The interwar peace movement was arguably the largest mass movement of the 1920s and 1930s, a mobilization often overlooked in the wake of the broad popular consensus that ultimately supported the U.S. involvement in World War II. The destruction wrought in World War I (known in the 1920s and 1930s as the “Great War”) and the cynical nationalist politics of the Versailles Treaty had left Americans disillusioned with the Wilsonian crusade to save the world for democracy. Senate investigations of war profiteering and shady dealings in the World War I munitions industry both expressed and deepened widespread skepticism about wars of ideals. Charles Lindbergh, popular hero of American aviation, had been speaking in support of American neutrality for some time, and allies of FDR’s interventionist foreign policy sought to counter the arguments of the famous aviator. In a May 19, 1940, radio speech, Senator James F. Byrnes of South Carolina refuted Lindbergh’s position, specifically rebutting a speech Lindbergh had given on military spending.Listen to Audio:
James F. Byrnes: Perhaps the greatest clause in our Bill of Rights is that guaranteeing free speech. In the exercise of that freedom, which totalitarian government is fast wiping out in Europe today, Mr. Charles A. Lindbergh went on the air last Sunday night to urge the American people to continue to bury their heads in the sands and give no thought toward the shocking conflict now raging across the waters which threatens the very fabric of Christian and democratic civilization.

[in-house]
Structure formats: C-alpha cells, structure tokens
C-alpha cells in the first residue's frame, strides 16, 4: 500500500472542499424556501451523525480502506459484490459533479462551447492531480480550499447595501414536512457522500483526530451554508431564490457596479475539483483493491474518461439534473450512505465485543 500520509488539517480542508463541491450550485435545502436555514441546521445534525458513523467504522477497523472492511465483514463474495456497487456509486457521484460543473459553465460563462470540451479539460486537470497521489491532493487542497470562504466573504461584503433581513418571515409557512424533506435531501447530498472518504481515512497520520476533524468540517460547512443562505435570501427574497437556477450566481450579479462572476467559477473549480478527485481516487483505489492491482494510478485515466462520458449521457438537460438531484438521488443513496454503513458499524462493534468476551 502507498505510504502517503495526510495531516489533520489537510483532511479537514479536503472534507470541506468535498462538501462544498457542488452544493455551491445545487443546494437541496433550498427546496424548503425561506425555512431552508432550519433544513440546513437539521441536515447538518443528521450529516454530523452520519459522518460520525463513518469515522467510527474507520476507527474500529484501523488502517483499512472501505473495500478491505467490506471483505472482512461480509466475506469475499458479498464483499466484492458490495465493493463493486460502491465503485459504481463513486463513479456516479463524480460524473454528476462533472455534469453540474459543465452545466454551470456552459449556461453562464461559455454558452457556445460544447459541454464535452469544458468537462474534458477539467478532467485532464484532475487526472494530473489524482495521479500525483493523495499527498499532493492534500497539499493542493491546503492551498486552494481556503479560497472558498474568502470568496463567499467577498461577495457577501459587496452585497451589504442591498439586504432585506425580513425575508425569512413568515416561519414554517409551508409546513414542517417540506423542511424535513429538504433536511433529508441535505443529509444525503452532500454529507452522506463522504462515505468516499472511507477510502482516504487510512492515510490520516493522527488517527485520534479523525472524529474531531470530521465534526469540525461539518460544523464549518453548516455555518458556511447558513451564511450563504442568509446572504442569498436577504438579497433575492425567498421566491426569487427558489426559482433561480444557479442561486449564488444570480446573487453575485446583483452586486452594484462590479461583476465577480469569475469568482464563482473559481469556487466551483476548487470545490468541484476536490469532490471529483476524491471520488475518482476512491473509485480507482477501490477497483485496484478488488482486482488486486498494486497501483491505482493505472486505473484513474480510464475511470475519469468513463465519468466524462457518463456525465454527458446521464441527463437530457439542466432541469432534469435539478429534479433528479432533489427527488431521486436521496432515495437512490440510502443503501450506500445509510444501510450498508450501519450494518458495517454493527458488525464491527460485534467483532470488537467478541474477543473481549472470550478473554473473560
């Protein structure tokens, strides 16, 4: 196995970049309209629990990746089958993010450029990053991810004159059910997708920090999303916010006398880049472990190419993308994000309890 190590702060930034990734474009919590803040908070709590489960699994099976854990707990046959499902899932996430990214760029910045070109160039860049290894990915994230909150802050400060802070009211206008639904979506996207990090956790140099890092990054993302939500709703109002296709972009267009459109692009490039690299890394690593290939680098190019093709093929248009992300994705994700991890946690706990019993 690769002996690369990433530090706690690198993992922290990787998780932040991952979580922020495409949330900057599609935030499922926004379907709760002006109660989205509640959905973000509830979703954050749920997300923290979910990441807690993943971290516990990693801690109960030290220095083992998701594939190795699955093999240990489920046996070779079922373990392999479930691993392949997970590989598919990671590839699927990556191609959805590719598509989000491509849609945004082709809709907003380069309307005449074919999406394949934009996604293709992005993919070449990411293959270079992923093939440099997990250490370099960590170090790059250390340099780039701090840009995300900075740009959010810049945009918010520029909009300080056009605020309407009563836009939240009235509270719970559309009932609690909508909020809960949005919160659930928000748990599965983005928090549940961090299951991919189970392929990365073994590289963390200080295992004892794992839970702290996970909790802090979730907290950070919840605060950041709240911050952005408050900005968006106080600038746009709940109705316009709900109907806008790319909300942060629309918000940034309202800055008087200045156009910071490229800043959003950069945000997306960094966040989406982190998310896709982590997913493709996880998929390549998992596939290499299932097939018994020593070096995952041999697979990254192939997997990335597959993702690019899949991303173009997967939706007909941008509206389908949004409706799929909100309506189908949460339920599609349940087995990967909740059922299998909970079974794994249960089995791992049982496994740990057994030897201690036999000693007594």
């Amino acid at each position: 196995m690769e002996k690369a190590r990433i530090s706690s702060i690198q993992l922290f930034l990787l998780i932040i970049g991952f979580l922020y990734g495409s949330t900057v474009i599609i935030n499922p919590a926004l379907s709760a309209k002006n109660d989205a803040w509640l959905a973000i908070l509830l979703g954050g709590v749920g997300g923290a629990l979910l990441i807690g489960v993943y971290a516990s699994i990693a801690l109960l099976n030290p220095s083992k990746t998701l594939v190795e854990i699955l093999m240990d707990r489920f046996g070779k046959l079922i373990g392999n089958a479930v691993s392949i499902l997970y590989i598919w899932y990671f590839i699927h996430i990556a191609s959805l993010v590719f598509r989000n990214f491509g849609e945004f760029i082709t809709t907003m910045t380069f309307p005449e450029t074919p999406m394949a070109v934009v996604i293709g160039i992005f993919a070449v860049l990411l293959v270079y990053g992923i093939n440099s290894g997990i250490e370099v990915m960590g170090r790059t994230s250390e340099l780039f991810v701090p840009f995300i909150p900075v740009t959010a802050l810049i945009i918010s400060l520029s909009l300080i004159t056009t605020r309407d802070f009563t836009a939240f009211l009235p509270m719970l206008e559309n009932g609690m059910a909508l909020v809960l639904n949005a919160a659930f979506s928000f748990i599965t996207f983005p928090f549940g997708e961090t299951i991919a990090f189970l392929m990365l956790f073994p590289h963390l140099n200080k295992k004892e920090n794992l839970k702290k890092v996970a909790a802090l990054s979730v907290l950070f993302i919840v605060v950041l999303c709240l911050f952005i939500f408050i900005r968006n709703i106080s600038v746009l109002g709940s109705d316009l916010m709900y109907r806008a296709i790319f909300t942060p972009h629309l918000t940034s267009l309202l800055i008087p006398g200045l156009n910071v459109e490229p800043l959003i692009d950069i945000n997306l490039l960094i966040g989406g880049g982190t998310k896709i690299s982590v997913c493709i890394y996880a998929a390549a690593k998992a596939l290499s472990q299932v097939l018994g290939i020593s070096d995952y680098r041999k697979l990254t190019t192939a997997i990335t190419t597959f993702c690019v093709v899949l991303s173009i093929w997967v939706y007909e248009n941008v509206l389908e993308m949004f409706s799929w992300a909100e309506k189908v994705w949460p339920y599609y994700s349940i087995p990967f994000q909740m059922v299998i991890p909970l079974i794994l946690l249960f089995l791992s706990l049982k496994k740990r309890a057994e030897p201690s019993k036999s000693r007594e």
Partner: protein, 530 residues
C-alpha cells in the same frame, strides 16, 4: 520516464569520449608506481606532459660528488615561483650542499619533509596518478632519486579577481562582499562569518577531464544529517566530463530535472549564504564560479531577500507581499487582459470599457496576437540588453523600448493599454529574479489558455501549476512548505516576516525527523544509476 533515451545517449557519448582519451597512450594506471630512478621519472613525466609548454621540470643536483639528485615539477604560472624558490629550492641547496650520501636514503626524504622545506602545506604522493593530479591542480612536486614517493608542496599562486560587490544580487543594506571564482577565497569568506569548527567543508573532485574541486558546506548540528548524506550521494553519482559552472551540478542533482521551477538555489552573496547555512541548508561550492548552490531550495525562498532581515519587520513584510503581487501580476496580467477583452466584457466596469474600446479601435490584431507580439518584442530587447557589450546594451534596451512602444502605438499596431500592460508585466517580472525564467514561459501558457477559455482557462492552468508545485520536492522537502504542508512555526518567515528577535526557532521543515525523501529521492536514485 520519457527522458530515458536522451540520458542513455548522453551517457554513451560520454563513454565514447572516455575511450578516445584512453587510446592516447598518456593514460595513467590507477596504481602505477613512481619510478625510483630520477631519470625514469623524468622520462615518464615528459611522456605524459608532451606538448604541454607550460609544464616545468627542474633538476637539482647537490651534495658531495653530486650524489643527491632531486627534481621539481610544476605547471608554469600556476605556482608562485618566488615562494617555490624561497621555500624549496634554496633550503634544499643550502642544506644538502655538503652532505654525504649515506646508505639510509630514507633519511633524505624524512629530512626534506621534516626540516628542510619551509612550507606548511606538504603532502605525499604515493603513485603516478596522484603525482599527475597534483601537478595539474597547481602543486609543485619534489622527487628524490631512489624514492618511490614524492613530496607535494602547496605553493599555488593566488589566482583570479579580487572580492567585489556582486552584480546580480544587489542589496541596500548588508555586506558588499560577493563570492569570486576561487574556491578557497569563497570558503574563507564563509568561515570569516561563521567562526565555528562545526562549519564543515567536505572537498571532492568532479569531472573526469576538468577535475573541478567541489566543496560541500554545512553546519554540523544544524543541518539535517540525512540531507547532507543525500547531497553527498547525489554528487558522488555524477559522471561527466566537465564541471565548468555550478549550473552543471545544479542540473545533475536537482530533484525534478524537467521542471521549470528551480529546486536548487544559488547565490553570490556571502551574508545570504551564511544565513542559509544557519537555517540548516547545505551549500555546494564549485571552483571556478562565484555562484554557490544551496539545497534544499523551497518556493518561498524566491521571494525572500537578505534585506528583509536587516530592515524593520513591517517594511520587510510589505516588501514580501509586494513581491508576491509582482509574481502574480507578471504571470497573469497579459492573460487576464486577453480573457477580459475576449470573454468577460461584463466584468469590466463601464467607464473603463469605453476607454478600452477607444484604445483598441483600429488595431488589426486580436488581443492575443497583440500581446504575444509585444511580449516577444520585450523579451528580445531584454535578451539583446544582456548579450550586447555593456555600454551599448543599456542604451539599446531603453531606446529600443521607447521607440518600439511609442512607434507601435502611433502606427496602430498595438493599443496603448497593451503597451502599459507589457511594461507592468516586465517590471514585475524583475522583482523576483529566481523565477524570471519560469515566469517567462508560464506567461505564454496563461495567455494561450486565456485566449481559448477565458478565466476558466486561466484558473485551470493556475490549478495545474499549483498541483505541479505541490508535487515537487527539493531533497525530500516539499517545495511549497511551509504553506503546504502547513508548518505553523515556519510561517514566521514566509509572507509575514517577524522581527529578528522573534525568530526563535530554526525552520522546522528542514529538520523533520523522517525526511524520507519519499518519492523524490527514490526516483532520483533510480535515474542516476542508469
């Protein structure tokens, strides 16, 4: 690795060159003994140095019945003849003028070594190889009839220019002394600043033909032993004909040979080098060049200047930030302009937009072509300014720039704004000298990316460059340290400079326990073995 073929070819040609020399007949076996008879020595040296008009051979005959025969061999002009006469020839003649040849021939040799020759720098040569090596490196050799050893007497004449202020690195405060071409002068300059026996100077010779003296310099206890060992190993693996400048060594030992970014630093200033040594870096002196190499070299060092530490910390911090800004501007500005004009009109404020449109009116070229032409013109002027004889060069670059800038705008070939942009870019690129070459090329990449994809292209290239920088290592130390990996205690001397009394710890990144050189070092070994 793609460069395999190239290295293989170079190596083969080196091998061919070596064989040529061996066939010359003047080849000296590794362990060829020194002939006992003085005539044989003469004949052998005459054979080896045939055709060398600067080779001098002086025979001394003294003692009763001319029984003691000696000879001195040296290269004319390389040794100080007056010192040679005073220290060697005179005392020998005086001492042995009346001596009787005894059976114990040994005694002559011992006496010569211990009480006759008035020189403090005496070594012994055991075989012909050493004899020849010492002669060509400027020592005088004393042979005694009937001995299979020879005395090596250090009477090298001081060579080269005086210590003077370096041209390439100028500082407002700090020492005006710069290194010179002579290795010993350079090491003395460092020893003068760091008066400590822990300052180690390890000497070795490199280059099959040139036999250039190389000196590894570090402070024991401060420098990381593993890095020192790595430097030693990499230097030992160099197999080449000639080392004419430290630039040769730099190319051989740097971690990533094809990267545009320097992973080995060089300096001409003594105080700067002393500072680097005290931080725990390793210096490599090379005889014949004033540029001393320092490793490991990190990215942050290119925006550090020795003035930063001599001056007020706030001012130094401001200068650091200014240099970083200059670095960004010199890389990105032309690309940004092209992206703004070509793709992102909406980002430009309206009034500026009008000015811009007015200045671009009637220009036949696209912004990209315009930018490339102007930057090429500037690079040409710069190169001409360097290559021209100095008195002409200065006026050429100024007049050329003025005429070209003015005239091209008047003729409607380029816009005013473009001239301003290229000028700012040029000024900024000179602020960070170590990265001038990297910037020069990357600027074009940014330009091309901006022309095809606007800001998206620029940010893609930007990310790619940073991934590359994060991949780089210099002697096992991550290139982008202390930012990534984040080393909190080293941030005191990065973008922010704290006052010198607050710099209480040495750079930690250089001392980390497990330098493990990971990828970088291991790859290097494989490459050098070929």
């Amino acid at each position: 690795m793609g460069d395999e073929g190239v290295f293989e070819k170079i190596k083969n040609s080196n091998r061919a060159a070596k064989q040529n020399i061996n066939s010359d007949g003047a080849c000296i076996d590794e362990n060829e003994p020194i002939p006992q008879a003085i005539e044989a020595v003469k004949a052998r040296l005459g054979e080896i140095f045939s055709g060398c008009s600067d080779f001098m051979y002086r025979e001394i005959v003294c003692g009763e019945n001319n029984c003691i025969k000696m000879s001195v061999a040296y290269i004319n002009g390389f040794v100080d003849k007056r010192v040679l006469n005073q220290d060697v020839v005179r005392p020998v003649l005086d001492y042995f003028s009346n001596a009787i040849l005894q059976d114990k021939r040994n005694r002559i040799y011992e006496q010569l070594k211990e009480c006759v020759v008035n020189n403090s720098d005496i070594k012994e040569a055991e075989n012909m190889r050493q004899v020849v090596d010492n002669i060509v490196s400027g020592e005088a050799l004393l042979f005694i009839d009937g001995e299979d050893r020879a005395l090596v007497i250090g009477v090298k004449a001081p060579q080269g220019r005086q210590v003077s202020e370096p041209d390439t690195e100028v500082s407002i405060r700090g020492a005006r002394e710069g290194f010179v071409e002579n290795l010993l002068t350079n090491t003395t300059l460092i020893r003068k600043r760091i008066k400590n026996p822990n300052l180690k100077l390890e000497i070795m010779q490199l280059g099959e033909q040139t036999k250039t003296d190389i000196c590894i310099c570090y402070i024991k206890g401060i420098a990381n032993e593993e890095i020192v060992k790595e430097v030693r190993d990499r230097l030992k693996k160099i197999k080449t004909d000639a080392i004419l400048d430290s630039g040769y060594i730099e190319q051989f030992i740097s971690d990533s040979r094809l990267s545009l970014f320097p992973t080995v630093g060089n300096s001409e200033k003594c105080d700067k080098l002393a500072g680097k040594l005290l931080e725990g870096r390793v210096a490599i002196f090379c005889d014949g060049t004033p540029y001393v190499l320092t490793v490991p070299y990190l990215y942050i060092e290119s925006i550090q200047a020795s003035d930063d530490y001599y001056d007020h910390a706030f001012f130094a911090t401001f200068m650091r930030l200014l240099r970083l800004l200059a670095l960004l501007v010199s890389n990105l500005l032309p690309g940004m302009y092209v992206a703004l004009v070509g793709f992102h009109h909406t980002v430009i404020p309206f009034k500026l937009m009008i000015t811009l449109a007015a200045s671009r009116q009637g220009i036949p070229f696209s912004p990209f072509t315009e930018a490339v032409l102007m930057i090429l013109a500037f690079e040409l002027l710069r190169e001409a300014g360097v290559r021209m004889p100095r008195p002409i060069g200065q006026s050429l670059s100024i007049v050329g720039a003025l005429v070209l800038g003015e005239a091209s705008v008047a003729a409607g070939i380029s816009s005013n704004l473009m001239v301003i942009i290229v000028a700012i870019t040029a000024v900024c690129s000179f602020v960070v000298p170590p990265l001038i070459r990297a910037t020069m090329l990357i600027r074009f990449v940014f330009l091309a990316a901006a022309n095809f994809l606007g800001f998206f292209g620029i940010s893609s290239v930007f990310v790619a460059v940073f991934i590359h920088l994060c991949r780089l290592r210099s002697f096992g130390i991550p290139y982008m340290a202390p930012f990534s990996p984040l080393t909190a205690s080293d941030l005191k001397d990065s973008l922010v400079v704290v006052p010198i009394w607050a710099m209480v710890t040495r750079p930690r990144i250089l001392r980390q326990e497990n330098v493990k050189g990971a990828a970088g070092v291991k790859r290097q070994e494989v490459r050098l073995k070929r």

Mr. Lindbergh’s speech was announced as a discussion of our air defense. Like many other Americans, I listened in keen anticipation of hearing a technical and practical discussion of our aviation problem by the man who thrilled all of us by his spectacular flight across the ocean. But instead of giving us advice on a subject about which he should be qualified to speak, Mr. Lindbergh gave another discourse on American foreign policy, about which he is no more qualified to speak than Wrong-Way Corrigan or any other aviator who may fly the Atlantic Ocean.
A few years ago, Mr. Lindbergh went to Great Britain to live. It seemed natural to us that his interest in aviation should cause him to inspect the air forces of other countries in Europe: France, Germany, and Russia. We thought nothing of it—at first. Later, we were somewhat surprised by the news that he had accepted a decoration from Hitler. We were further surprised by the reports at the time of the Munich settlement that he was volunteering his advice in important circles in England and France thought to be favorable to a policy of appeasing Germany by offering no resistance to her aggression upon small countries to the east.
Source: Courtesy of the Michigan State University, G. Robert Vincent Voice Library.
See Also:"An Independent Destiny for America": Charles A. Lindbergh on Isolationism
Didactic Dramas: Antiwar Plays of the 1930s